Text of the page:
There seems to be a lot more water going to the right at 'Ruck-A-Chucky,' and since there were no guard lines up, we portaged the waterfall. Most of the portage path is gone, but its still better than back in the old days. There is a large boulder where passengers load back up making that a back-log problem for 12 people, it could be a mess when there are more. It looks like slight changes in the rocks below the guide-jump rock, but the water was high at that point. The rapids after Ruck-A-Chucky remain the same, but the high water line at Parallel Parking should be used. All in all, it was nice to be the only boats on a weekend, maybe these changes will lower the use and keep the Middle Fork American more pristine." Saul G. Senior Headguide::Official Post from the Field

We also got an update from California State Parks at the Auburn Recreation District regarding the calibration of the gauge:

"The Placer County Water Agency has advised us that as of Monday 6/12 at approximately 2 pm, a correction was made to the CDEC flow website as the result of a recalibration, adjusting the flow chart to read the same as the PCWA gauge station at Horseshoe Bar. The level at the time was between 1500 and 1550 cfs. The relation of actual cfs to the reading on the website AT THIS LEVEL should be considered accurate according to the PCWA.

However because the river channel has changed, more recalibrations need to be made for OTHER flow levels. Until this is done, please be aware that the readings on the CDEC site will become increasingly inaccurate if levels rise or fall outside of the 1500 cfs range (for example down to 1200 or up to 1800) at Horseshoe Bar." CA State Parks Post

Time for the MoFo! Keep in mind, with the new changes, athletic users should only raft this run. Especially keep in mind the portage situations. People need to be sure-footed and agile while scrambling over uneven ground. This is the "E" in W.E.T.; it's EXPEDITION-style rafting like in the good old days!

Monday, June 12, 2006

Summer Rafting: Family Trips

June is in full swing and the kids are out of school. And with a promise of summer coming, families are starting to come out of the deep fog of school events, graduation, the big-day-college-dorm-move, and kicking the kids out to the curb... time to think about summer vacation with family and friends. With last month's high flows, W.E.T. River Trips asked our paddlers to wait until the flows came down before rafting with younger children. Now's the time for families to start booking reservations for the rest of our summer rafting season.

American River trips
have great flows appropriate for outdoor families. On our favorite family run, the South Fork American will be at its all time best. No low water bump and grind this year. Great flows of 1500 cfs to 3000 cfs will attract many first timers to the best whitewater river trip in California this year. The SoFo was nature-designed for beginners and intermediates. The river is beautiful, long and a great attraction for quick 1 day trips, 2 day camp trips, or 2 day wilderness trips on BLM lands. For teens ages 14 and up, we highly recommend families to take a break over to another favorite wilderness trip on the Middle Fork American. MoFo should be runnable throughout July, August, September, and, maybe even October! California rafting will be at its prime throughout this summer season.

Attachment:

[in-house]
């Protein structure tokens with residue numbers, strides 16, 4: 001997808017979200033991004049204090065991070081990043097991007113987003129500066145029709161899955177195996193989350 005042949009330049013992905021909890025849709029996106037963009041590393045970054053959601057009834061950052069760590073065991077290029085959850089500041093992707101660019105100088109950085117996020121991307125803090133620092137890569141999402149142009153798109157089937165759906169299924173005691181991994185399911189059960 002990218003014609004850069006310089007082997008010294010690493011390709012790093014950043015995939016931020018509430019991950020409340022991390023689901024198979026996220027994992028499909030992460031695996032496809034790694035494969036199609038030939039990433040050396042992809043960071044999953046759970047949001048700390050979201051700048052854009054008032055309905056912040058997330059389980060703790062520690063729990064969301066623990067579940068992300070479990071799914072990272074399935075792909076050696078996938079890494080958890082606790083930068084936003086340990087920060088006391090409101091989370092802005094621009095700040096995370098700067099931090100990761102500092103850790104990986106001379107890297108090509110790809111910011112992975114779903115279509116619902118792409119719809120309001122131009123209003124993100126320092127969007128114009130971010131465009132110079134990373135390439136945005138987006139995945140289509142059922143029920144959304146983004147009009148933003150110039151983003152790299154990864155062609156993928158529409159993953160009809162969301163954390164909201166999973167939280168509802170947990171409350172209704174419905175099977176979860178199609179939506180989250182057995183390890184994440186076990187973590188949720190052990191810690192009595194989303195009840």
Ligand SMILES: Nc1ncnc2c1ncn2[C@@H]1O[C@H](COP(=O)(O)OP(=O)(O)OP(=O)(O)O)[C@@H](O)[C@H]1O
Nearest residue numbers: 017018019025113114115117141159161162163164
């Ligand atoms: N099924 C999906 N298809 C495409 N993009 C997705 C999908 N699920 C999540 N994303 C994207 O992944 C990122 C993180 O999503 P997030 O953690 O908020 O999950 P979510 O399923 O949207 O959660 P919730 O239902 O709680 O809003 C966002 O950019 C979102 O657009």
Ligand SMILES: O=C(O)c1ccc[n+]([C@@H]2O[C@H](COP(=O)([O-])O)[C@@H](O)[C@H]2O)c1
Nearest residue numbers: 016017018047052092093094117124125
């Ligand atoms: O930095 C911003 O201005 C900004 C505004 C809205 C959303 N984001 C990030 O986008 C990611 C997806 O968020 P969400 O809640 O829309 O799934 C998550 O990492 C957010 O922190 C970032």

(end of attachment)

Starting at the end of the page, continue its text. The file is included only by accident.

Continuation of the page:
Start planning for the family rafting trips.
Save money by checking out Target's new outdoor offerings. Inexpensive sleeping bags and outdoor equipment will help save the family's budget. Drug stores will have sales on sunscreen, bug repellant, chapstick, flashlights and the ever-so-useful ziplock baggies. REI, the one-stop outdoor equipment store has everything that a family will need for their rafting and camping needs. High quality and bargain prices attract the serious outdoor family with REI's house brand. Preparing in advance will take the sting out of the budget from last minute purchases.

Get off the couch... everyone! Take the kids for a walk in the evening and work up to a brisk walk. Then move it into the day time to start acclimating to the hot weather. Remember rafting and camping outdoors will put you in the sun for 4 to 6 hours. If you have access to pool; start swimming. Work your upper body and legs for paddling and balance skills for rafting. All these preparations will help you to have a great time in the outdoors.

Then call your favorite rafting company and get your reservations soon. With the biggest snowpack and the longest season, this summer's rafting trips will satisfy all the members of your family and friends!